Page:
When you're considering how to vote on Measure R, make sure you grasp the big picture.
Given Wal-Mart's history, your vote may determine not only a single Super Wal-Mart is built but also whether, over time, two or more additional stores might be constructed.
In her recent Lodi News-Sentinel story titled "Misleading Measure R mailers hit Lodi voters", reporter Jennifer Pearson Bonnett correctly encouraged residents to "allow the facts to be their primary influence in the ballot box."
Added Bonnett, "Without a crystal ball, nobody can say what will happen to Lodi if Measure R passes."
But the facts of Wal-Mart's track record tell us exactly what we can expect. If the Super Wal-Mart is built in Lodi, the old one will close and remain empty for the foreseeable future.
Look at Stockton. At 6:00 P.M. the evening before the Supercenter opened, the old Wal-Mart closed its doors.
Wal-Mart is never satisfied. More Supercenters are planned in Galt, Manteca and Eight Mile Road.
Oklahoma City is an example of how Wal-Mart overwhelms a town within just a few years.
As is its practice, Wal-Mart started slowly in Oklahoma City by opening three supercenters on the edges of town. Then, over a four year period from 1998-2002, Wal-Mart built nine more supercenters, seven Neighborhood Markers and two Sam's Clubs.
All over the country, outraged citizens who oppose rampant, uncontrolled growth are fighting an uphill battle against Wal-Mart.
First, the anti-growth forces have to mobilize enough residents who understand the threat that Wal-Mart represents. Then, they must go toe to toe with the same pro-Wal-Mart cabal in every city: the local Chamber of Commerce, the City Council and the town newspaper.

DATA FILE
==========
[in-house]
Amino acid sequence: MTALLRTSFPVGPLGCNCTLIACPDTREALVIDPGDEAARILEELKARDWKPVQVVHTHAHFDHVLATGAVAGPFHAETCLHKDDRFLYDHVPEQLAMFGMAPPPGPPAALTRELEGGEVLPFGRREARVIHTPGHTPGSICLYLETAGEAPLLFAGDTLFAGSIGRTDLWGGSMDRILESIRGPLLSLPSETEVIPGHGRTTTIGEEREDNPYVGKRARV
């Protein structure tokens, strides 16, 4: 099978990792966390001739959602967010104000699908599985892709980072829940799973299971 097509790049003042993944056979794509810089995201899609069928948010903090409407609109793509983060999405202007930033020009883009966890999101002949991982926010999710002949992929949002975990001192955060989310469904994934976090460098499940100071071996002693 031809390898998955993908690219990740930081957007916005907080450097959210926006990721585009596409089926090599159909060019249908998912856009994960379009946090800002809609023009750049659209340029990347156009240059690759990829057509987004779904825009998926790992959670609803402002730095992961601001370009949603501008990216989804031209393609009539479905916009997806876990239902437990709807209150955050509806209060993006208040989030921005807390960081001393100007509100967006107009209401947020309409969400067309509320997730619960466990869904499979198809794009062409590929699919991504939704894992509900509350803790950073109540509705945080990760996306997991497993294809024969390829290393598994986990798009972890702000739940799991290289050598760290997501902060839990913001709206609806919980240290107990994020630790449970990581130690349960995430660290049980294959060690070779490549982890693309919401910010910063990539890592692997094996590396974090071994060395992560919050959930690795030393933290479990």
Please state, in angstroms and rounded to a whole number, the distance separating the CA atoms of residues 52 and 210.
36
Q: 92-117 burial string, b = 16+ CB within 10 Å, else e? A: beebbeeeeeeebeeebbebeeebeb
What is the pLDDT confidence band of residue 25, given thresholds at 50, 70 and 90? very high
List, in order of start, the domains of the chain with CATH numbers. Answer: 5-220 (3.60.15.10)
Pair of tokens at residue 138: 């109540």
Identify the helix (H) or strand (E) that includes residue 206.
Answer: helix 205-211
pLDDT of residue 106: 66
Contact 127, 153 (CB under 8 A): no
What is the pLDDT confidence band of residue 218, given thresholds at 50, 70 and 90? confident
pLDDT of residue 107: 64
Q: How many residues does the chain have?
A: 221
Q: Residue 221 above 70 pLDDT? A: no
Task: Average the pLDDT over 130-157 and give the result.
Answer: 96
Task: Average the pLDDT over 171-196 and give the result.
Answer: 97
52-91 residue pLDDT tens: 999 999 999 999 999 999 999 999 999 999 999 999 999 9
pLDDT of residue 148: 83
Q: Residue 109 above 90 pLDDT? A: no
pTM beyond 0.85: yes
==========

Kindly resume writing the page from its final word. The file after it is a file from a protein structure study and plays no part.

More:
So it is with Lodi.
The Lodi Chamber of Commerce predictably supports Wal-Mart. The Chamber of Commerce's national website states that: "When it comes to representing American business—strength and reputation matter. That's why 3 million companies of all sizes look to us to advance their interests before Congress, government agencies, and the courts."
Walking in lockstep with the Chamber of Commerce is the Lodi City Council. The Building Industry Association of the Delta employs John Beckman, Lodi's Mayor Pro Tempore.
According to the BIA website, the organization provides "powerful legislative advocacy." BIA also seeks to develop "local, regional, state and national 'clout' in dealing with issues that threaten our livelihood."
The City Council should have followed the example set in Los Angeles. In August, the Council proposed an ordinance that would require stores over 100,000 feet that include full grocery department to hire a consultant to examine not only issues such as potential traffic increases but also the store's economic effect on the surrounding community.
The required economic analysis would
"examine the number of jobs to be created and the level of wages a new store would pay, and compare it to existing jobs and wages likely to be pushed out due to competition. Because superstores sell groceries, shoppers are more likely to use them as their sole daily shopping center, draining customers from local strip malls with nail salons, movie-rental stores and pizza shops."[City Council Sends Notice to Big Box Stores, Copley News Service, August 10, 2004
By Alison Shackelford and David Zahniser]
Finally, the Lodi News-Sentinel wrote a disappointing editorial urging that voters "soundly" defeat Measure R. The News-Sentinel is betting that everything will work in practice just as the Wal-Mart has promised.
The editorial neglected to mention that, despite promises to find a tenant for the old store, the vast majority of "once occupied" Wal-Mart sites remain empty. Nearly 400 Wal-Marts representing approximately 35 million square feet have created the phenomenon called "the empty box syndrome."
Why would Wal-Mart treat Lodi any differently than it has treated other cities?
The editorial never mentioned the strong probability that both Food-4-Less and Safeway—employing a total of 200 people—would close when Wal-Mart opens.
Nor did the editorial address the concept of value added.
Simply put, a new Supercenter doesn't offer Lodians anything that is not already available to them.
If you are a small business owner, you should realize that a Wal-Mart Supercenter places your future at risk. Wal-Mart is in every retail business except furniture.
If Wal-Mart can put the New York Stock Exchange firm Toys 'R Us on the brink, it can wipe you out on a whim.
To support our neighbors, their businesses and to protect our quality of life, vote Yes on Measure R.